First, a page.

Facilities: A Mental Hospital

Excerpts from Driftwood Chapter 8: A Mental Hosptial
Context: I was told I’d only be leaving the children’s shelter if I went to jail, a mental hospital, or a group home if I was lucky. My second stop: A mental hospital. Reason: hours into a shelter “lock out” I got terrified as night fell in the dangerous neighborhood where the shelter was housed and banged on the door for them to let me in. When they wouldn’t. I threw a rock at the window of the shelter.

Intake

Standard intake.  After the processing in, I was put in a van and driven to the teen unit. We pulled up next to a fenced-in basketball goal on a 10×10 blacktop (I don’t know If it was 10×10, but it was smaller than the isolation outdoor areas that you see in prison movies). The teen unit intake consisted of me being given the Bob Barker special (minus the sandpaper sheets) and walked to my room. I don’t really remember being forced to squat and cough, so I am assuming it didn’t happen. Did have the burning lice shampoo again, this time I had all of 20 pubes to put it on. Awe, little Zeda was growing up.

It was late. No time for a tour. We walked to the living area where, across from a staff member filling out charts, there was a boy sitting on a bed in the hallway next to the door to his room.   A 13-year-old Jewish boy with jet black hair, oddly pale yet olive skin, sunken eyes with huge dark circles, and red pouty lips. He had a bandage on one of his forearms.  His name was Ben. Ben Levin.  When he saw me enter the area, Ben yelled out “Welcome to Georgia Regional, AKA, the Nuthouse!”   I didn’t know it then, but that dude was gonna end up changing my world so many times, I eventually lost count.   

 I don’t know how to describe the place. It looked like a mental hospital. Imagine a giant square space split down the middle. One side for girls, one side for boys and offices. Half the rooms on the girl’s side were dedicated bedrooms, about 4 ish each housing 4 girls. Same as on the boy’s side. The beds were rubber mats on wooden bed frames that had cubbies underneath for you to put your clothing if you had any. They had these distinct sheets. I don’t know if they were mental hospital standards or group home standards, but I saw them everywhere I went in the foster system except shelters. They were this weird burgundy brown red and blue semi camo quasi striped hideous pattern. They were super kind of comfy though.  Not really, but I got used to them.

We were usually separated by gender only at night, one of the rare facility placements where girls and guys got to interact.  If they were short-staffed or if there weren’t enough kids to fill the beds on both units, they would bring us all to one side or the other to sleep. We’d have to roll up our bed/mats and grab our sheets and move. This was annoying as hell. You would think that we would be eager to sleep in the same area as the males but all it meant was the staff were hypervigilant. We’d have to leave our doors open at night and staff would constantly do walkthroughs to check and make sure we weren’t sneaking in each other’s rooms.  Just kidding. They didn’t care. They were asleep half the time.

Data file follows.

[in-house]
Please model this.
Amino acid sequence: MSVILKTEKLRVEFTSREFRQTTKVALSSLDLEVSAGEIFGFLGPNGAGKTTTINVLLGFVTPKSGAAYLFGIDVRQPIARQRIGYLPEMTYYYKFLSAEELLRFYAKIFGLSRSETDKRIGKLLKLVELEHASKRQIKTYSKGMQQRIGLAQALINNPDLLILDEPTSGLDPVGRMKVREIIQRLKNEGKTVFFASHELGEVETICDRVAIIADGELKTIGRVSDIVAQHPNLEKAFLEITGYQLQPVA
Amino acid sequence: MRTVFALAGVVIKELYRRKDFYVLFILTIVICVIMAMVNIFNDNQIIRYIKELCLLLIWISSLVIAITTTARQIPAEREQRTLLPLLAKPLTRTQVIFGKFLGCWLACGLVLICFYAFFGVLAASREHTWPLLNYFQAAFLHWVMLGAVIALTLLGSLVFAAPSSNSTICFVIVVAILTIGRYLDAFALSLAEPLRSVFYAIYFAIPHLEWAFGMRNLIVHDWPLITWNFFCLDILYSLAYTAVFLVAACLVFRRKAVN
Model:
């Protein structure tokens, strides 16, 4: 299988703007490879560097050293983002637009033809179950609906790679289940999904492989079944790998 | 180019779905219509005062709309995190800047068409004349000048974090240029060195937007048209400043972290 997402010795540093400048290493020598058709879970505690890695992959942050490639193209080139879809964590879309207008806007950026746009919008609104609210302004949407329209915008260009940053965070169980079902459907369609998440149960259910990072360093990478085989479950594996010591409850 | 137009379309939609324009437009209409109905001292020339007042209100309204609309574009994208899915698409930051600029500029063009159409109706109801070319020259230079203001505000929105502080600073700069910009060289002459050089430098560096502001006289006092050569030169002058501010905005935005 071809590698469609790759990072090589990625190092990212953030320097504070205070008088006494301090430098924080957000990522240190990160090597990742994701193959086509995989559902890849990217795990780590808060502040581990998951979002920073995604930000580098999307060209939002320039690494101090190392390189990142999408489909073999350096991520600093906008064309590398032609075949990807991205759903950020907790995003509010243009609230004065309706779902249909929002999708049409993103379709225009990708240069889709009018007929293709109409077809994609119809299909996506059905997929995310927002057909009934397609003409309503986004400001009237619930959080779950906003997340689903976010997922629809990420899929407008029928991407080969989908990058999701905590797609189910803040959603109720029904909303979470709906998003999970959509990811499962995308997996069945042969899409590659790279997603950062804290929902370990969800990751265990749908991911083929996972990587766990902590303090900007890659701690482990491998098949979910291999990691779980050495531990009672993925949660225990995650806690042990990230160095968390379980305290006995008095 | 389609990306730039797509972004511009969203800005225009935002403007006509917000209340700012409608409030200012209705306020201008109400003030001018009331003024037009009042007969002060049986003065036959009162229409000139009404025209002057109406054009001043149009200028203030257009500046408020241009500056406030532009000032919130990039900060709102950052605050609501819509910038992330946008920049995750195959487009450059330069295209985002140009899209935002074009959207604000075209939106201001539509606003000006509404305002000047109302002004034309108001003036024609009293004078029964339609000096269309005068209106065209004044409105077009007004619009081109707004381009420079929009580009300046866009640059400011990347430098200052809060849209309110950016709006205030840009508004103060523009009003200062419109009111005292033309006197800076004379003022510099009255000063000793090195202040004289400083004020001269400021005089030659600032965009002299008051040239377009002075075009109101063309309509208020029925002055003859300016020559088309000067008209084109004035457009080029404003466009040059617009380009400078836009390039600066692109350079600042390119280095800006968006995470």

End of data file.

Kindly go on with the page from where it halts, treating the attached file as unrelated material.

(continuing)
Not all, but some of the kids would end up fucking right under their noses, doors wide open. That’s what made it annoying. Having to try and sleep with sex sounds from the bed next to you and the light from the day area making it so the rooms never actually got dark.  At least when we were split on our own sides we could shut the doors. I am a girl. It was the mid-90s and just about every teenage white girl decided they were bisexual—like it was a badge of honor or something—so.. yea… girls were always fucking each other so you couldn’t really get away from the sex sounds. 

Now just to be clear. I am not saying there is anything wrong with bisexuality or that there is something wrong with white girls. It’s just…the black girls… you know for all the Lil Kim music, black girls were still super sexually repressed and in general pretty homophobic. You’d have to be a very “butch” lesbian to even have the courage to come out of the closet if you ever even did back then. Black girls would eventually catch up on the fluid, hypersexuality of the white girls but… yea… The 90s were a weird time.

Anyway, down a wall that connected each wing to the outside were these things called “Seclusion Rooms” I think that was the name there. In different places, they had different names, but essentially, they were like the padded rooms you see on shows about mental wards…only without the padding and a lot smaller. Like the size of a small closet in a garden apartment. The seclusion rooms here didn’t have windows on their giant heavy doors, I think they were metal.  At least I don’t remember windows on the doors. Other places had plexiglass windows on the doors.

The only reason I am confused about this is because I remember when the lights were on in there, they were blinding. The lights would refract from the white walls and make the room so bright it was desensitizing. When they turned the lights off and just left you in there for hours (and they would leave you in there for hours and hours and hours) it was pitch black sans the little bit of light that came from underneath the doors.

It was like sensory warfare in there. No bed to sit on, no chair, no bench, just an empty room with white-painted cedar block walls and filthy white tile floors. Both the walls and the floors of those rooms were covered in etched graffiti (from snuck in staples and pencils), blood, and buggers. Lotta snot and buggers. And bloodstains from restraints gone bad. I’ll explain restraints in a bit.